By Epps, Garrett
The American Prospect , Vol. 13, No. 10
CULTURAL NOVELTIES ARE many, but genuinely new art forms don't come along very often. The computer game may be to our time what film was to the early twentieth century. There's a cultural divide about this--literate young people in their twenties routinely spend leisure hours hunting aliens on their PCs; gaffers like me tend to regard this as a waste of time. But my link to the world of the young is a game called Civilization III, invented by master designer Sid Meier.
To call Civilization III a game is probably a misnomer. To those of us who love it, "Civ" is a combination hobby, obsession, and alternate universe. At a time when the air is full of loose talk about the "clash of civilizations," the game's fascination--and its own evolution over time--provides interesting insights into the nature of civilization, and even more interesting views of our own ways of thinking about it.
"CIVILIZATION" IS BOTH A DESCRIPTION and an aspiration. The historians of the Annales school viewed a civilization as the irrefragable sum total of a geographic region's history, demography, and environment--one civilization can never become another, they argued, and civilizations that find themselves in proximity to one another are doomed to conflict. Looking at history from this point of view--what Annales historian Fernand Braudel called the "longue duree"--events seem to exhibit an inhuman inevitability, flowing unstoppably if not predictably out of material conditions.
And yet there remains that other meaning. "What do you think of Western civilization?" Gandhi was once asked. "I think," he replied, "it would be a good idea." We all instinctively feel that "civilization" refers to something more than irrigation, epidemiology, and climate. If an enlightened leader had been in charge of Sumeria or Great Zimbabwe--if we, that is, had been in charge--could sheer wisdom and goodwill have shattered the cycle of shortage, war, and collapse?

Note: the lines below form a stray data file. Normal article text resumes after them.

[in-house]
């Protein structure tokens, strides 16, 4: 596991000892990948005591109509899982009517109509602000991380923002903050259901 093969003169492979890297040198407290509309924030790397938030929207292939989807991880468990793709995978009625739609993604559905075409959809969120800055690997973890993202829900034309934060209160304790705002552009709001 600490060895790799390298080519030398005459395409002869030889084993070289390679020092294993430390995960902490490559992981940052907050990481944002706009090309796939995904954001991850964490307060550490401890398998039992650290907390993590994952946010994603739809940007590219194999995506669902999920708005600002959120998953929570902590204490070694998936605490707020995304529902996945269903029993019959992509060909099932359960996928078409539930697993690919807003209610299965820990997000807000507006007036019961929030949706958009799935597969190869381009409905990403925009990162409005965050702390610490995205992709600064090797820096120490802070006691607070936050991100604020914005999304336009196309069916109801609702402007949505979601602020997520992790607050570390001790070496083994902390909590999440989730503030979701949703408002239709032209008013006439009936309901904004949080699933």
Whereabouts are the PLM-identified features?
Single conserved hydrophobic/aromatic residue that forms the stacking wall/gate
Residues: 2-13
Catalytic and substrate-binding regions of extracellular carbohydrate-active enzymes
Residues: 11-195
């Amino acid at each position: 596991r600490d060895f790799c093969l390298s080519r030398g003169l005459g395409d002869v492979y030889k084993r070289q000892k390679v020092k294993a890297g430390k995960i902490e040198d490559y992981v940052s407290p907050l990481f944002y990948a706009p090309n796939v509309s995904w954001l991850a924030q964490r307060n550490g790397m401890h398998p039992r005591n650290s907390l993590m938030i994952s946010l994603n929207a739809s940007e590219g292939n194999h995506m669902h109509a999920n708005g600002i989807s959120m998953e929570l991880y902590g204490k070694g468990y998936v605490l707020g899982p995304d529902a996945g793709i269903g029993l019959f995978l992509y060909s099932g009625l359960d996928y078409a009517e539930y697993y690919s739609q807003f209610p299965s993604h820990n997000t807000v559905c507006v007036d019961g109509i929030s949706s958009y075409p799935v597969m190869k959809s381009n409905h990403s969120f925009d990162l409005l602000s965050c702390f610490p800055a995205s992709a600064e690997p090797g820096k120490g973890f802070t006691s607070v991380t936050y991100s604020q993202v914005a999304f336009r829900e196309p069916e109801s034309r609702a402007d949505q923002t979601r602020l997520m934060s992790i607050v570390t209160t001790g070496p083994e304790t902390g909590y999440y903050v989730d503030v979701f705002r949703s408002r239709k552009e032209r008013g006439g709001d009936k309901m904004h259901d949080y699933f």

The Civilization games offer the opportunity to be that enlightened ruler, a wise and liberal Montezuma or Shaka Zulu. Over and over, in the privacy of my study, I try to rectify the history of the world, to retell the human story as a long moral arc that bends toward justice. And like my real-life counterparts, I always fail.
The Civ games--which have gone through three increasingly sophisticated versions, not counting a number of spin-offs such as Alpha Centauri and Civilization: Call to Power--all follow the same format. The year is 4,000 B.C. I settle in a likely spot, till the soil, and explore the world around me. My population grows, I settle new cities, build mines and roads across the land, and erect temples and marketplaces within my cities. History sweeps by--6,000-plus years of it--but I remain alive and in charge of my people's destiny, aided by a grave cabinet of computer-generated advisers who warn me when I am low on money, when my citizens are discontented, or when my enemies are growing strong.
My scientists devise new technologies such as engineering, ironworking, electricity, and finally space flight and the atom bomb. When things are going well, my big cities can build wonders of the world, from a primitive "oracle" to a futuristic "cure of cancer." Meanwhile I compete with other civilizations (controlled by the program itself) that seek to block my growth or to outsmart me in trade deals and diplomatic negotiations. When I cross them or tempt them with weakness, they attack without warning. Finally, in the twenty-first century, we learn who has won.
There are a number of ways to win the game. There's old-fashioned world conquest. But the less militaristic can win by being the first to launch a starship (which basically requires the world's strongest economic system). And there's also a kind of American-style victory--the "cultural victory," in which the other cultures fall in love with yours until they either join it or become its satellites. …